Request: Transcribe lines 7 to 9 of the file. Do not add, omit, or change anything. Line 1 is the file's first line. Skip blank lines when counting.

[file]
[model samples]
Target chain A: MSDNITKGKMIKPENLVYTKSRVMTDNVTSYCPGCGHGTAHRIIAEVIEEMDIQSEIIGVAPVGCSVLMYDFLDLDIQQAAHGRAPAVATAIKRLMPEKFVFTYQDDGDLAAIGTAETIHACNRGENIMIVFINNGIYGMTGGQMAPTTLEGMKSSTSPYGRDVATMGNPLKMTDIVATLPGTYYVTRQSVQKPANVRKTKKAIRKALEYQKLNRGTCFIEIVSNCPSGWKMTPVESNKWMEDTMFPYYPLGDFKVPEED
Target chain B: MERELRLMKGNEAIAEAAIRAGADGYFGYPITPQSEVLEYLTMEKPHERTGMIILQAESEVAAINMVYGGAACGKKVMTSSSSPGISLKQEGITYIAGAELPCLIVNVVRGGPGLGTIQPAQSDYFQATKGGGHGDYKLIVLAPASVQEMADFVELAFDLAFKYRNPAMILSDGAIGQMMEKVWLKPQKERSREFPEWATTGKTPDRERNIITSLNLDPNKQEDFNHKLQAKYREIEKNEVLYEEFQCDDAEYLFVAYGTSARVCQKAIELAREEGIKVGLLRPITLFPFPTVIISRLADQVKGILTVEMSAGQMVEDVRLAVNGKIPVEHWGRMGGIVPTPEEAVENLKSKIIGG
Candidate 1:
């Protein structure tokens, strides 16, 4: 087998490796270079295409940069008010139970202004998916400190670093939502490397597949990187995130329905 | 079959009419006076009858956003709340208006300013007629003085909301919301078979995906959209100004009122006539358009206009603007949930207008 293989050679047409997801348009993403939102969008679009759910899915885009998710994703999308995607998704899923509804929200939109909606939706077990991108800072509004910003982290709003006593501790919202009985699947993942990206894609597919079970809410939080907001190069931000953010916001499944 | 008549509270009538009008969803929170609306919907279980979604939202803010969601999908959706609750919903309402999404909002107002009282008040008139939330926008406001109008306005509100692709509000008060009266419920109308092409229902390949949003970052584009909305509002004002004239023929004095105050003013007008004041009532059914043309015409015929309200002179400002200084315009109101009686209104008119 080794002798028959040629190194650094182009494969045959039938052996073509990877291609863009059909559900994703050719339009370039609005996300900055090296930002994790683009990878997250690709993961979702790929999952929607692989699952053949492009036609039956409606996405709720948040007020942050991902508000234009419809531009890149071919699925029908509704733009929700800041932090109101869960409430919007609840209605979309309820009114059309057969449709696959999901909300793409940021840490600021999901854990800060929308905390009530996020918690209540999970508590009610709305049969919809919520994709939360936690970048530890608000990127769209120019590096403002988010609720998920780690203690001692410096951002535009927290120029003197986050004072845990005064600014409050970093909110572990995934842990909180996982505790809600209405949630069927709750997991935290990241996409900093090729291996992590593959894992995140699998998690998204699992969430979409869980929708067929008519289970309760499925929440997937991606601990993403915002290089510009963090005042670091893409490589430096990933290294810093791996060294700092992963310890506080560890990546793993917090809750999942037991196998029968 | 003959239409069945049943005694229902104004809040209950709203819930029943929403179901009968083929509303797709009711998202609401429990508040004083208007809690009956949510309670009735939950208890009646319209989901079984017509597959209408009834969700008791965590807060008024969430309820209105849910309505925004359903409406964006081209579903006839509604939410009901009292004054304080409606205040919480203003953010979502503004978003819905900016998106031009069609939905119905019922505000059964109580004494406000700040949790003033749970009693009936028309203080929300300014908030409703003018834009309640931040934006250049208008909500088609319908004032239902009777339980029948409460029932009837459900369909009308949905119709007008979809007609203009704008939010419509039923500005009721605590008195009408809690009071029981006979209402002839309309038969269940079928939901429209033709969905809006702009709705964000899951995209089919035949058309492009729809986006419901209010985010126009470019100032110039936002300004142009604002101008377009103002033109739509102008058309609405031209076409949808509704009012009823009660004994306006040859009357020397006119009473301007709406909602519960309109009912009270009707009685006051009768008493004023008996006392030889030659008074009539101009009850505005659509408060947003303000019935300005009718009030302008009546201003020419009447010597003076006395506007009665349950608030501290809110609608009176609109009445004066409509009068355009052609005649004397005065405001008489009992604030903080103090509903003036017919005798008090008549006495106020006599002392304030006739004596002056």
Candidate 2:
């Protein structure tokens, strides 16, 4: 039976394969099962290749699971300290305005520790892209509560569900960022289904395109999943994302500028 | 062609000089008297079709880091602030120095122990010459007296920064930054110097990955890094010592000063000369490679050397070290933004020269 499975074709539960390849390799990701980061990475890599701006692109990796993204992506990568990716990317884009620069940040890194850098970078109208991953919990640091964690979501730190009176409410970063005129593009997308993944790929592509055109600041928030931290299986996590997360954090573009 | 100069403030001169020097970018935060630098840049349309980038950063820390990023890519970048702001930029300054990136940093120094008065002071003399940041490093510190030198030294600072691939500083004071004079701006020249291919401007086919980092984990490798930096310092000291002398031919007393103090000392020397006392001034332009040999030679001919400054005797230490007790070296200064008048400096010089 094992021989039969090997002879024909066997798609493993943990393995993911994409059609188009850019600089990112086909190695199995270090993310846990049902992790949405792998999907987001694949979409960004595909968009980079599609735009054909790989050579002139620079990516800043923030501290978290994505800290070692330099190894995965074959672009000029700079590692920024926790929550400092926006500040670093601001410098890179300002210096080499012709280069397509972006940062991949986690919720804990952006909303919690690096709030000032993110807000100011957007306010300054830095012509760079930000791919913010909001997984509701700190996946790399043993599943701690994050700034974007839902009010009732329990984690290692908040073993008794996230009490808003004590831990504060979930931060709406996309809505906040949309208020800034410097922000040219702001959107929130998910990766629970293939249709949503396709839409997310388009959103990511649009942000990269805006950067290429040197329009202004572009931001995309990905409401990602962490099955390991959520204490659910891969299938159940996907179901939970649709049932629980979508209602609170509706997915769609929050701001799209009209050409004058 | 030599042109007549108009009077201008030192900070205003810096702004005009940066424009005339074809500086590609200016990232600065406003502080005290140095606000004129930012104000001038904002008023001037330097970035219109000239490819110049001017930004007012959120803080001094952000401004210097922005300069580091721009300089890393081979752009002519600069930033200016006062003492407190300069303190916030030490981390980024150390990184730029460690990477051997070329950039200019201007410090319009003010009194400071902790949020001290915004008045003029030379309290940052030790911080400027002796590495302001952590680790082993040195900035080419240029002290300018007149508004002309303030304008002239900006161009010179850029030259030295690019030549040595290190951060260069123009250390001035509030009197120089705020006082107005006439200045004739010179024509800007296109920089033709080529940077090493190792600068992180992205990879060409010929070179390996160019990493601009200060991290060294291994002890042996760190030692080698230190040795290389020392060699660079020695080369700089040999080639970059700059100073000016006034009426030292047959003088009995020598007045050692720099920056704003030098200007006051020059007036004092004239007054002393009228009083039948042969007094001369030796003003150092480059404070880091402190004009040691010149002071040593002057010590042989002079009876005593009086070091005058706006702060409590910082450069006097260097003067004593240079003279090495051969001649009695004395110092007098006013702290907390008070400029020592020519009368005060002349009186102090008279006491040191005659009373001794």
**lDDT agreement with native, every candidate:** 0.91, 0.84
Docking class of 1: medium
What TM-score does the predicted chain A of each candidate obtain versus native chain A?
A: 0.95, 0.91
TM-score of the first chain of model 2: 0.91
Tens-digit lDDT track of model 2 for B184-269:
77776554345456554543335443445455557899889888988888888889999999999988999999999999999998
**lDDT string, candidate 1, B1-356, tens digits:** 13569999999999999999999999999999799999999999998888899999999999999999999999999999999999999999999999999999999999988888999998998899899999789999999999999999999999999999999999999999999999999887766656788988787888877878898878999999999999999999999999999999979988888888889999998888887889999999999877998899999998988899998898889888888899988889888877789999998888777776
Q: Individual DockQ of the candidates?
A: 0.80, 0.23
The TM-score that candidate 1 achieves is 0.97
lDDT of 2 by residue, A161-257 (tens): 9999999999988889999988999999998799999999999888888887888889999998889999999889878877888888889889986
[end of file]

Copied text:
């Protein structure tokens, strides 16, 4: 039976394969099962290749699971300290305005520790892209509560569900960022289904395109999943994302500028 | 062609000089008297079709880091602030120095122990010459007296920064930054110097990955890094010592000063000369490679050397070290933004020269 499975074709539960390849390799990701980061990475890599701006692109990796993204992506990568990716990317884009620069940040890194850098970078109208991953919990640091964690979501730190009176409410970063005129593009997308993944790929592509055109600041928030931290299986996590997360954090573009 | 100069403030001169020097970018935060630098840049349309980038950063820390990023890519970048702001930029300054990136940093120094008065002071003399940041490093510190030198030294600072691939500083004071004079701006020249291919401007086919980092984990490798930096310092000291002398031919007393103090000392020397006392001034332009040999030679001919400054005797230490007790070296200064008048400096010089 094992021989039969090997002879024909066997798609493993943990393995993911994409059609188009850019600089990112086909190695199995270090993310846990049902992790949405792998999907987001694949979409960004595909968009980079599609735009054909790989050579002139620079990516800043923030501290978290994505800290070692330099190894995965074959672009000029700079590692920024926790929550400092926006500040670093601001410098890179300002210096080499012709280069397509972006940062991949986690919720804990952006909303919690690096709030000032993110807000100011957007306010300054830095012509760079930000791919913010909001997984509701700190996946790399043993599943701690994050700034974007839902009010009732329990984690290692908040073993008794996230009490808003004590831990504060979930931060709406996309809505906040949309208020800034410097922000040219702001959107929130998910990766629970293939249709949503396709839409997310388009959103990511649009942000990269805006950067290429040197329009202004572009931001995309990905409401990602962490099955390991959520204490659910891969299938159940996907179901939970649709049932629980979508209602609170509706997915769609929050701001799209009209050409004058 | 030599042109007549108009009077201008030192900070205003810096702004005009940066424009005339074809500086590609200016990232600065406003502080005290140095606000004129930012104000001038904002008023001037330097970035219109000239490819110049001017930004007012959120803080001094952000401004210097922005300069580091721009300089890393081979752009002519600069930033200016006062003492407190300069303190916030030490981390980024150390990184730029460690990477051997070329950039200019201007410090319009003010009194400071902790949020001290915004008045003029030379309290940052030790911080400027002796590495302001952590680790082993040195900035080419240029002290300018007149508004002309303030304008002239900006161009010179850029030259030295690019030549040595290190951060260069123009250390001035509030009197120089705020006082107005006439200045004739010179024509800007296109920089033709080529940077090493190792600068992180992205990879060409010929070179390996160019990493601009200060991290060294291994002890042996760190030692080698230190040795290389020392060699660079020695080369700089040999080639970059700059100073000016006034009426030292047959003088009995020598007045050692720099920056704003030098200007006051020059007036004092004239007054002393009228009083039948042969007094001369030796003003150092480059404070880091402190004009040691010149002071040593002057010590042989002079009876005593009086070091005058706006702060409590910082450069006097260097003067004593240079003279090495051969001649009695004395110092007098006013702290907390008070400029020592020519009368005060002349009186102090008279006491040191005659009373001794």
**lDDT agreement with native, every candidate:** 0.91, 0.84
Docking class of 1: medium